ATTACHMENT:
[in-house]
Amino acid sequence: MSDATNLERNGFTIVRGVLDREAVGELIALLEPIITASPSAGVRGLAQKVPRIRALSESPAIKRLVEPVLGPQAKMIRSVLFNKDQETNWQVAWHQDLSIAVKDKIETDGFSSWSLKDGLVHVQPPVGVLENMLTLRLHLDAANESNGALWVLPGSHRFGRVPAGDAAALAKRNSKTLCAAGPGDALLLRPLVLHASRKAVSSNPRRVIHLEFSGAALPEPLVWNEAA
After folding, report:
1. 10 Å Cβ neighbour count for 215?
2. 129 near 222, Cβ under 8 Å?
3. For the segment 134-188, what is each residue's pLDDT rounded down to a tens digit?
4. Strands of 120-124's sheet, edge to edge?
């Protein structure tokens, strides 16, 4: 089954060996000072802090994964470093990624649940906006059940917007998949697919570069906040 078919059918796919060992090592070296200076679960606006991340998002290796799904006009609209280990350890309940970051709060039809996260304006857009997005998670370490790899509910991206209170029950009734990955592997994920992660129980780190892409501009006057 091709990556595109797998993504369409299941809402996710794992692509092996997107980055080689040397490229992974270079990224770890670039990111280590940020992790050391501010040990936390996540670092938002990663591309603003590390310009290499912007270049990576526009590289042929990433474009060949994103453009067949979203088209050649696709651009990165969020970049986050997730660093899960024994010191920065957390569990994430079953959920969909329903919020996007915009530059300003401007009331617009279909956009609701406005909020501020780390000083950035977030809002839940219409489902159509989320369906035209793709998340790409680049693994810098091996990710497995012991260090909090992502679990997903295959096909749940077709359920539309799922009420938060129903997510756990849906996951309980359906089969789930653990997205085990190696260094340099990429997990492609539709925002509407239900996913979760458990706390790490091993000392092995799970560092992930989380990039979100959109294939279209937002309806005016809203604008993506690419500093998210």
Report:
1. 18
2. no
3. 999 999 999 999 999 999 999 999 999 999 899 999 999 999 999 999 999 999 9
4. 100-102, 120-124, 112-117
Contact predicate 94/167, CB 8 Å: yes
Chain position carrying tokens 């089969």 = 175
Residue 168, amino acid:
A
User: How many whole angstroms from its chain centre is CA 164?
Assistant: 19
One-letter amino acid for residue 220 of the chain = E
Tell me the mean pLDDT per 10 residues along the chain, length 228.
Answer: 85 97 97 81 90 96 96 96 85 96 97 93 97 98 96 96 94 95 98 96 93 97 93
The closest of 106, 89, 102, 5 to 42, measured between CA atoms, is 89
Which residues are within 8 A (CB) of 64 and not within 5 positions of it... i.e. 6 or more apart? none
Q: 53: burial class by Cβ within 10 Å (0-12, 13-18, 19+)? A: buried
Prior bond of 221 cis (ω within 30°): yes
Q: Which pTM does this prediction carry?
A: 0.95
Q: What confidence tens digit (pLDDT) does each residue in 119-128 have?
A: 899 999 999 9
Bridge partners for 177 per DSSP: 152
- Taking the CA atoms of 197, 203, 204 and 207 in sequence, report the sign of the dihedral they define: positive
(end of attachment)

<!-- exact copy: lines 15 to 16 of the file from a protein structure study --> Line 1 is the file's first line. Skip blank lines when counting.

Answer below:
Chain position carrying tokens 């089969």 = 175
Residue 168, amino acid: